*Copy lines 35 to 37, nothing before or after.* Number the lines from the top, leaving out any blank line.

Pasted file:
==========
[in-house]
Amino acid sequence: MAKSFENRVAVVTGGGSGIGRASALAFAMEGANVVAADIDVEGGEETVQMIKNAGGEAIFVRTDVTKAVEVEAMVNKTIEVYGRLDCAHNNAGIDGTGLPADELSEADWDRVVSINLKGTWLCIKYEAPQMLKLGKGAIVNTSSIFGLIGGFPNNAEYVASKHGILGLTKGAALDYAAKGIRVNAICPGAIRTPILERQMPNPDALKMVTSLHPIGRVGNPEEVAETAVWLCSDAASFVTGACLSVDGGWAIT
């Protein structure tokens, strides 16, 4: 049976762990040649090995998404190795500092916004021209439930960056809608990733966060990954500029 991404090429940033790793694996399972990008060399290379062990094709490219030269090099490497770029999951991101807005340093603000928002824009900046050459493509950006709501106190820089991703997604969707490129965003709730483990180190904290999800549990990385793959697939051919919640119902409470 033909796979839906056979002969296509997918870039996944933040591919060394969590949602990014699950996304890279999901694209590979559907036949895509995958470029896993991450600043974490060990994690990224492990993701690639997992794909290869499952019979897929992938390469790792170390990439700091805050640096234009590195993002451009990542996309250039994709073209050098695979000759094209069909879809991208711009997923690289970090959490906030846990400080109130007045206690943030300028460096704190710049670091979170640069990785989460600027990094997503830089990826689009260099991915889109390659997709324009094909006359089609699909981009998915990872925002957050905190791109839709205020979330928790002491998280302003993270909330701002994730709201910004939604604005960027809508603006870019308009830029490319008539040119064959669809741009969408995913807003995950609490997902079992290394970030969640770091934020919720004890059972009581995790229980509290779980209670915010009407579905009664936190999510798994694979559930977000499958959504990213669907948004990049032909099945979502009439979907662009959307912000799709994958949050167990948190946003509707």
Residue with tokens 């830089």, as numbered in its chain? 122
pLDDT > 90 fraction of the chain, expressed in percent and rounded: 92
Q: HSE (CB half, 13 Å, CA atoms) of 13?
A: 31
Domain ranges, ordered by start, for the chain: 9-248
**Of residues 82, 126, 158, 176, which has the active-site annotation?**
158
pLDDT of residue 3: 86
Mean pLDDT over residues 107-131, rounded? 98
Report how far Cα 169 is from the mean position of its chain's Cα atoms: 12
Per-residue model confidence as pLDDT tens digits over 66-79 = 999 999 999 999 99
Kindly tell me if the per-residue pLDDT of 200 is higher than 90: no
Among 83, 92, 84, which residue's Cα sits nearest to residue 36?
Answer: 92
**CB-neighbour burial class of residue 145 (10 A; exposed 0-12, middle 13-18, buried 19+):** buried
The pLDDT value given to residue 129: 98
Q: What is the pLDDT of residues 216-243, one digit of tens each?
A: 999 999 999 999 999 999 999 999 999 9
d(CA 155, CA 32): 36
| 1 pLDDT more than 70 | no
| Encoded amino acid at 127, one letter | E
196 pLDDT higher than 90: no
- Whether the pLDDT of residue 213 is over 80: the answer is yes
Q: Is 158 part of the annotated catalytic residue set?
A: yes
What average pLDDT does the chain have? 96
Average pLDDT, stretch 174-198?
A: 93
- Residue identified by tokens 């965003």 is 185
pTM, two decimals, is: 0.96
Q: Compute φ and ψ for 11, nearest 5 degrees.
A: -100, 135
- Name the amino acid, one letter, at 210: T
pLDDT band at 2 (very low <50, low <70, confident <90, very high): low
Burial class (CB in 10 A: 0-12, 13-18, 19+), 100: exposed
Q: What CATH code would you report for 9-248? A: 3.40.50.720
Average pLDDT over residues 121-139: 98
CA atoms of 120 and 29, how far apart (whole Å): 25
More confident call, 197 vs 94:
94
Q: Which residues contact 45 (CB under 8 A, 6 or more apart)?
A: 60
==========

A: -100, 135
- Name the amino acid, one letter, at 210: T
pLDDT band at 2 (very low <50, low <70, confident <90, very high): low